Holiday! (Bad Dog at The Assembly Theatre)
I made it out to Bad Dog Theatre Company’s Comedy on Queen Festival at The Assembly Theatre for one night only, to see an improvised musical based on Sondheim’s Company. With a rotating cast featuring more than a few favourites, I knew it wasn’t one I wanted to miss. After a scripted opening number set to the tune of Company‘s opening number, the cast launched into an awkward holiday party hosted by “Bobby” (I assume they’re played by a different pre-selected person each night but at opening it was Ashley Botting, which felt like a lucky draw). The awkwardness was both tonally intentional and a little unintentional as the cost of having a rotating cast quickly became clear. The troupe wasn’t quite a troupe yet, often stepping on each other’s instincts and boxing certain characters out of a scene after they’d already entered, but the performers familiar with the format and each other quickly rose to the top along with a few undeniable stars. Producer Stephanie Malek and Botting showcased their strong musical instincts and excellent voices with some of the hour’s most polished numbers and Kyah Green did that thing Kyah Green seems to do better than almost anyone, delivering the show’s best joke by aiming for emotional honesty over the easy laugh. But the biggest star of the night was Baroness Von Sketch‘s Aurora Browne who is so deft and witty no matter what’s thrown at her that she elevated even the weaker cast members in every scene. Because it’s a slightly different group at every performance, the ensemble feels a little ramshackle with an imbalance of abilities and not every combination of people makes a ton of musical sense together (on opening night, nearly everyone was singing in a comparable vocal range, which is a dumb thing to nitpick I know but it felt like a casting blindspot) but there are enough excellent performers in the rotation that you’re sure to get someone great at any show.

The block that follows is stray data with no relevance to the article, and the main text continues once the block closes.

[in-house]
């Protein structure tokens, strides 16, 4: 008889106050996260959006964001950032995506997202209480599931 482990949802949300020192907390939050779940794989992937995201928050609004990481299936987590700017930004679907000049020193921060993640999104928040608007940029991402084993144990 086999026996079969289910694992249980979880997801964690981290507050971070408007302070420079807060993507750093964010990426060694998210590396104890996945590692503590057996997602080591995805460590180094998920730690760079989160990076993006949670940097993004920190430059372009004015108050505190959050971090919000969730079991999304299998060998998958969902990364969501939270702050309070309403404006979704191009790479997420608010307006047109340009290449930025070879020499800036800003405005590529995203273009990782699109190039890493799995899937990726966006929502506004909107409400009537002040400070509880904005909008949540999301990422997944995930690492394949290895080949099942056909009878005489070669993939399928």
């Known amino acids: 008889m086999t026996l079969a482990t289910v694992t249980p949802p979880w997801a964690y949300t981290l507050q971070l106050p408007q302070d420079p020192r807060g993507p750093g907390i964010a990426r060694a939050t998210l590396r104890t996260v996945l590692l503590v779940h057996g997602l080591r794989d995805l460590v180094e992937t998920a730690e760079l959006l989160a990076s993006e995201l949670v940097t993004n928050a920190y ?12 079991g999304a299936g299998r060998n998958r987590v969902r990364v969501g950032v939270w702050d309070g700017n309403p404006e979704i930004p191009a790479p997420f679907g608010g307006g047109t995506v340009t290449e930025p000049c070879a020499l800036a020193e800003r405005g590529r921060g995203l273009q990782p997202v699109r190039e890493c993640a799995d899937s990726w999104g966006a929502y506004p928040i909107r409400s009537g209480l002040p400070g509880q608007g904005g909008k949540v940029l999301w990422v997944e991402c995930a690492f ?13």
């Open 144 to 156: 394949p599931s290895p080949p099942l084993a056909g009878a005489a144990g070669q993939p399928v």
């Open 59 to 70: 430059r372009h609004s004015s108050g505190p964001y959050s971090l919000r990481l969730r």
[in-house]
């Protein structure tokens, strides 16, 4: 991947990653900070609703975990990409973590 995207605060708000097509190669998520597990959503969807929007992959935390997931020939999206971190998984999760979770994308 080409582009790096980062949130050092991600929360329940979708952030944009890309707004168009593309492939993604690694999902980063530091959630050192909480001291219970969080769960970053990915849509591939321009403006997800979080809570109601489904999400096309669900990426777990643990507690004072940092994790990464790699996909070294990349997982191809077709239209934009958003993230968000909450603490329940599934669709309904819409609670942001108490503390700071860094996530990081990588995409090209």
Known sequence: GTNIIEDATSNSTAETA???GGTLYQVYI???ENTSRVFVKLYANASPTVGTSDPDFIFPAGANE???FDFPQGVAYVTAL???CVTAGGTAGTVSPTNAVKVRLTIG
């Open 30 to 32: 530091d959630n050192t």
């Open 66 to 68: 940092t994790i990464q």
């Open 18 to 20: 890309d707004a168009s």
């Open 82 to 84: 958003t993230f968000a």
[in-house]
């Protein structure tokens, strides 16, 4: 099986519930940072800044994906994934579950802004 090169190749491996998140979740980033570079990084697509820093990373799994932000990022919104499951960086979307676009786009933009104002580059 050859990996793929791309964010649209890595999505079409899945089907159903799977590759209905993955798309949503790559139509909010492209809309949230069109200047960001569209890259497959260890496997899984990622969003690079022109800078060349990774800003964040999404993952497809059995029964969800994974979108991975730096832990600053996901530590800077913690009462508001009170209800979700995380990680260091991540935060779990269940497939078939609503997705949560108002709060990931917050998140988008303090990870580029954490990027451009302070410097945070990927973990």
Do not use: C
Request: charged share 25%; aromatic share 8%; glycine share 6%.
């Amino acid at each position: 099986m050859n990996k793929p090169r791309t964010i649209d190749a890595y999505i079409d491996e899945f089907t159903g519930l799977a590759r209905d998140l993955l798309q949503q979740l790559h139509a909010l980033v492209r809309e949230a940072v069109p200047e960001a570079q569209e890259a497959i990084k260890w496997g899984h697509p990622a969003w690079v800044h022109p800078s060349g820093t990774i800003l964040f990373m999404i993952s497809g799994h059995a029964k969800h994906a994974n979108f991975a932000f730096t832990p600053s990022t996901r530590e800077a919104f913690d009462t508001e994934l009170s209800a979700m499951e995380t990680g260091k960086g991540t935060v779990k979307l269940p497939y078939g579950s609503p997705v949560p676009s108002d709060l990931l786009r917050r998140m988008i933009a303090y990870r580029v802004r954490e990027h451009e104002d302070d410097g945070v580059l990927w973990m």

Bruce Dow- Beautiful Things (Buddies in Bad Times)
This holiday concert from Stratford* legend Bruce Dow is about as pleasant a way to spend an hour of your time that I could possibly imagine. Dow’s voice is lovely but imperfect and lovely in its imperfection as they showcase an incredible range of styles in holiday and holiday-adjacent songs linked together by themes of loneliness and the inherent complexity of true beauty over simple prettiness. Usually cast in broad comedy roles, Dow’s earnestness as themself is very endearing and they are a wonderful guide through the evening. The set list is at its best in an early mashup that unexpectedly splices Sondheim’s “Another Hundred People” into Charlie Brown’s melancholy “Christmas Time is Here”, perfectly capturing the bittersweet and often overwhelming feeling of adult Christmas in the city. A perhaps less universal but personal favourite section sees Dow dissecting the musical and lyrical construction of Rodgers & Hammerstein’s “My Favourite Things”. There’s a sort of apologetic tone about the pedantry of this section that needn’t be there; I could have happily listened to Dow lovingly describe Rodgers’ key signature trickery in far more detail. In fact, more Beautiful Things would be welcome in general, both the expansion of the show in length and more confident leaning in to Dow’s perspective, taste, and personal story. As is, I felt like we were just getting started when it came to an end. It was a beautiful ending though, so maybe the longing I was left with was a feature not a bug. Beautiful things are complicated like that.
*while Toronto audiences will most likely remember Dow from their years at Stratford, they’re also in Diana the Musical on Netflix (recorded on Broadway), which I’m genuinely obsessed with and am happy to take questions on the issue of its legitimacy as a great musical any day.